If you have been following along with the rise of home batteries, solar power and electric vehicles you might have, by now, thought to yourself, ‘Exactly how green is all this?’.
Obviously, in comparison to burning tonnes of heavy fuels the ‘renewable revolution’ is a great alternative. But, what about the millions of silicon cells, lithium batteries that have been produced, used and then discarded?
Well, it looks like we may have the answer, for at least one of these questions anyway. According to a report conducted by Bloomberg New Energy Finance, around one-third of all lithium batteries produced for electric vehicles will be recycled.
I don’t know about you, but in my opinion, there aren’t many options for a retired, high voltage lithium ion battery. However, there is one option for discarded batteries that seems to be a perfect fit, powering your home alongside solar energy.
The report has given an estimate that by 2025 there will have been 29-gigawatt hours of used electric batteries intended for electric vehicles, like the Tesla Model S through to X.
So, if you do the simple math that means there will be 10-gigawatt hours set aside for recycling. To put this into perspective 10-gigawatt hours is enough to power roughly 1.65 million homes or replace around 10 fossil fuel plants.
Well, isn’t that nifty?
For now, the cost to recycle such batteries is rather high given that there isn’t a huge demand for electric vehicles (not until Tesla and other competitors release their affordable models), let alone batteries that have been in use for 8-10 years already.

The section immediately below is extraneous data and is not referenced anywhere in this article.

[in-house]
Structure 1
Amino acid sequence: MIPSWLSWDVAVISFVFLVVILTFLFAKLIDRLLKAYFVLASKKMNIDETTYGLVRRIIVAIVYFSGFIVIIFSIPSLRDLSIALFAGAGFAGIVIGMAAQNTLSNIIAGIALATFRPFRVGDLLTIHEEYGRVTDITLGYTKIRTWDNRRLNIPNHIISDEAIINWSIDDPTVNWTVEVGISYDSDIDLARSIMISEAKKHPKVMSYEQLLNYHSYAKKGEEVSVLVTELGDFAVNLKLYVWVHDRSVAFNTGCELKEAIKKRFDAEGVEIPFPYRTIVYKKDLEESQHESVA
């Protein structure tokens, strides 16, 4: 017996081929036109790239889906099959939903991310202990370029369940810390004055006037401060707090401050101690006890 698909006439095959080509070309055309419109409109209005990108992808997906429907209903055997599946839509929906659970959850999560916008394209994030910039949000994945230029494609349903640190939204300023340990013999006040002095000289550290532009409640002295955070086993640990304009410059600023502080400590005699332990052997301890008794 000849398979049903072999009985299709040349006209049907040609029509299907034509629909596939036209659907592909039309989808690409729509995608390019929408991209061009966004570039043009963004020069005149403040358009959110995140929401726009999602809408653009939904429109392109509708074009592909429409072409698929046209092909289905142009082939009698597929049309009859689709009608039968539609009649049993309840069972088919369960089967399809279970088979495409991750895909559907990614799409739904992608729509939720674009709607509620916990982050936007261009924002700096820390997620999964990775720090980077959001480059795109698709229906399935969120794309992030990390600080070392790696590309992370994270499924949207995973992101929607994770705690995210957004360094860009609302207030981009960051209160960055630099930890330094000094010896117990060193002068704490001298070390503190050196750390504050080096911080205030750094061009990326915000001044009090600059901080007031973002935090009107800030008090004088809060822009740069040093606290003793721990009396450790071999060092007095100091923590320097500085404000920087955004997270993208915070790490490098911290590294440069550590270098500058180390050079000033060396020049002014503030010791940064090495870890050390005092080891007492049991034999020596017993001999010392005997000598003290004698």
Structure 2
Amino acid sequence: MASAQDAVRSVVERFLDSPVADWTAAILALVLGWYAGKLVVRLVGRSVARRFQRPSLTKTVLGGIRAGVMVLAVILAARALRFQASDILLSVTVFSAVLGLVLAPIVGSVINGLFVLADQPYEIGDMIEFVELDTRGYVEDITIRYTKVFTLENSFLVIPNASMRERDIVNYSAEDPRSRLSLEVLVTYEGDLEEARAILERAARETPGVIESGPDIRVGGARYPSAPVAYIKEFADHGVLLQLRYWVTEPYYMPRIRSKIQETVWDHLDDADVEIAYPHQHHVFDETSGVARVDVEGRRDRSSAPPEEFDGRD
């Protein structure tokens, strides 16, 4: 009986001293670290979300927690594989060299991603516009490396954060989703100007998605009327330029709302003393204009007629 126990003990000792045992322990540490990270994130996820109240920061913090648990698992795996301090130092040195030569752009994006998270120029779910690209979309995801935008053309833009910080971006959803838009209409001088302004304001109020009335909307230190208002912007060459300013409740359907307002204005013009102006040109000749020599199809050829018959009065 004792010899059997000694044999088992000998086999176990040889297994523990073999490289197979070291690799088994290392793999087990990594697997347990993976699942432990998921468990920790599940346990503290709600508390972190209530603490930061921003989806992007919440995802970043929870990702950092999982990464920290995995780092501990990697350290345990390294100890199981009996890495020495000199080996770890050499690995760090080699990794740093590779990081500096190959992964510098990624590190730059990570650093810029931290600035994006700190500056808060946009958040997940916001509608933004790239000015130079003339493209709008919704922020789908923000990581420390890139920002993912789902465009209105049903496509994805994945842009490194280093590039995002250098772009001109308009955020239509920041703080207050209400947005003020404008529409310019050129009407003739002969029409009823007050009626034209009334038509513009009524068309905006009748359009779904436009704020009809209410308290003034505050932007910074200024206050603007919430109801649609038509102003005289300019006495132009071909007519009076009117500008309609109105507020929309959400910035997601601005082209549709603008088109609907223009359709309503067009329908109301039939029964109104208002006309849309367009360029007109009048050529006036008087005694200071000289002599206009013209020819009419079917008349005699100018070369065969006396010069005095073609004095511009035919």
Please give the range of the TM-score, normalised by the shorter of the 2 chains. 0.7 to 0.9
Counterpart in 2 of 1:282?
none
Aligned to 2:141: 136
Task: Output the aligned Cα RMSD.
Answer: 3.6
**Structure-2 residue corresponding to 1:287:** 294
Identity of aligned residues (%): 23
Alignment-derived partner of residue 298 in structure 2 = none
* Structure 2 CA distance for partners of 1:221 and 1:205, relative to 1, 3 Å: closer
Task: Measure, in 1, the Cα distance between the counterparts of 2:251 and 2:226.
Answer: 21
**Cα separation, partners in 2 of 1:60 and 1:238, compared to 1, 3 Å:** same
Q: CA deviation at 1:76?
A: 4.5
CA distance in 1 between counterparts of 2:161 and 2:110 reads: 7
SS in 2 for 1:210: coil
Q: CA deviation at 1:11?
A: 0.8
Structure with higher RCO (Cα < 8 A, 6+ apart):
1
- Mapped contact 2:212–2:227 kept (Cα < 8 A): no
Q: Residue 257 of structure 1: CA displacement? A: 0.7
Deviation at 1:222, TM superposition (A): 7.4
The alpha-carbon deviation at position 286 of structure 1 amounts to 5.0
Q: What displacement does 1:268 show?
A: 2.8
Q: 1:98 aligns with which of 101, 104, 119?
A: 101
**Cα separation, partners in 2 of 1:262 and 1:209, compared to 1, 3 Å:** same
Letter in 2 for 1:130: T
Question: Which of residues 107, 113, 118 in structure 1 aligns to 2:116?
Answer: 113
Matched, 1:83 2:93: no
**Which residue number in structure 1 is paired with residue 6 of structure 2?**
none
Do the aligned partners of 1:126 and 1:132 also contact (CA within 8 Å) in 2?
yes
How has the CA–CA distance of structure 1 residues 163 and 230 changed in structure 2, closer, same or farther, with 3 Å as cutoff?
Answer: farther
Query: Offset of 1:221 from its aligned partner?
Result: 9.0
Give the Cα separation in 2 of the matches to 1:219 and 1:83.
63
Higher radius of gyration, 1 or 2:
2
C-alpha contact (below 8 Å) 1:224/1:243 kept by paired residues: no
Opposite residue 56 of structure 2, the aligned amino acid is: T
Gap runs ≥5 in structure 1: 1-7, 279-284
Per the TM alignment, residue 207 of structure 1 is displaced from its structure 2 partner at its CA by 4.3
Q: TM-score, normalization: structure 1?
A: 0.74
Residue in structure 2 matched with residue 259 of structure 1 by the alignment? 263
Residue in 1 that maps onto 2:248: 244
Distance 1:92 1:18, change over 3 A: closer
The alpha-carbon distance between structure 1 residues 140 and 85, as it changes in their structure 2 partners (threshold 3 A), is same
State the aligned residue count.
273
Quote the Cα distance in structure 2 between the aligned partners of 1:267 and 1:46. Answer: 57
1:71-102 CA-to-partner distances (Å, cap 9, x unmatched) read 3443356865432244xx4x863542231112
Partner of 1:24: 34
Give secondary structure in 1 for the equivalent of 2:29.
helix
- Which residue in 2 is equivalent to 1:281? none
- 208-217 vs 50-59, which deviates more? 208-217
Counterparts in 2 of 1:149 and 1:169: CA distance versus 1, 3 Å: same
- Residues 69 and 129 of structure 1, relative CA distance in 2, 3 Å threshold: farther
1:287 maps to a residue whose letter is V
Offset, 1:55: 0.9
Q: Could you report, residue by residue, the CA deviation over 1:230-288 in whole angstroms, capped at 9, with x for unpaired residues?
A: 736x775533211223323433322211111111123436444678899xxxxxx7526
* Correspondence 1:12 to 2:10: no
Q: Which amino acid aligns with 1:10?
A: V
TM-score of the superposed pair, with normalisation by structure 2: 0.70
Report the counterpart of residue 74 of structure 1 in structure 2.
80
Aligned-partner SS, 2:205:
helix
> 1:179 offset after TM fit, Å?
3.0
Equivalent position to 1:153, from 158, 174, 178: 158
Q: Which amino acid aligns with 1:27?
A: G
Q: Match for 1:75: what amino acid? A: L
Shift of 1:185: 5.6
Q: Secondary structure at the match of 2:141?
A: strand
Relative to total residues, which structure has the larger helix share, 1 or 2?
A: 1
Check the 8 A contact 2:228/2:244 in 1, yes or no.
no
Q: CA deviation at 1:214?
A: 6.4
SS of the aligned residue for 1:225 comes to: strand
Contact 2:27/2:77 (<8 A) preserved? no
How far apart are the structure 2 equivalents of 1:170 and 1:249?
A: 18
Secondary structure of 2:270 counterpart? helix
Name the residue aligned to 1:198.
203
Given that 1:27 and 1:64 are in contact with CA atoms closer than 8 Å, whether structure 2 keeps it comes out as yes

However as the report suggest, by 2025 production will be in full swing and there will be plenty of lithium to go around, it’ll be just like the 20th century.
On a serious note, as battery recycling ramps up, the cost of doing so will significantly drop. This could help drop battery prices even further, however, by 2025 the cost of homes batteries should be a fraction of today’s expense.
Before you rush down to the comment section to tell us that recycled batteries would be worthless and your thinking something like,'If they can’t power a car, how could they power your home?', give us a second.
Bloomberg estimates that recycled batteries will actually possess around 70% of their original capacity and efficiency. That isn’t enough to power a car, which goes through countless cycles, alongside the grid and solar power it would be enough to help power your home.
Here’s the kicker.
Researchers predict that used batteries will cost as little as $49 per kWh in the future.
On top of that, it will simply be more sustainable in the long run which is sort of what this whole green tech thing is about. Well, that and independence from energy providers, slashed expenses and having a secure energy resource regardless of your finances.
But I mean, imagine getting a 10kWh battery system capable of powering your home through the night for a slick price of $490.00?
Pretty cool, huh.
For anyone who is reading this and thinking, ‘Well, why should I purchase battery storage now when I can wait and pay pennies on the dollar’, consider this.
Well, first of all, these are second-hand batteries with a high rate of failure and reduced efficiency as mentioned above. But, more importantly, if you were to purchase a system now, it will cost you around $7500 and would save you over $700 a year.
If you consider that you could either purchase a battery now, and in ten years own it, or pay electricity bills and wait another decade before reconsidering… the choice is obvious.
But, for all those millennials that will start settling down around 2025, we envy your $500 recycled battery systems. Unfortunately for us, it’s more economical to get started earlier rather than later.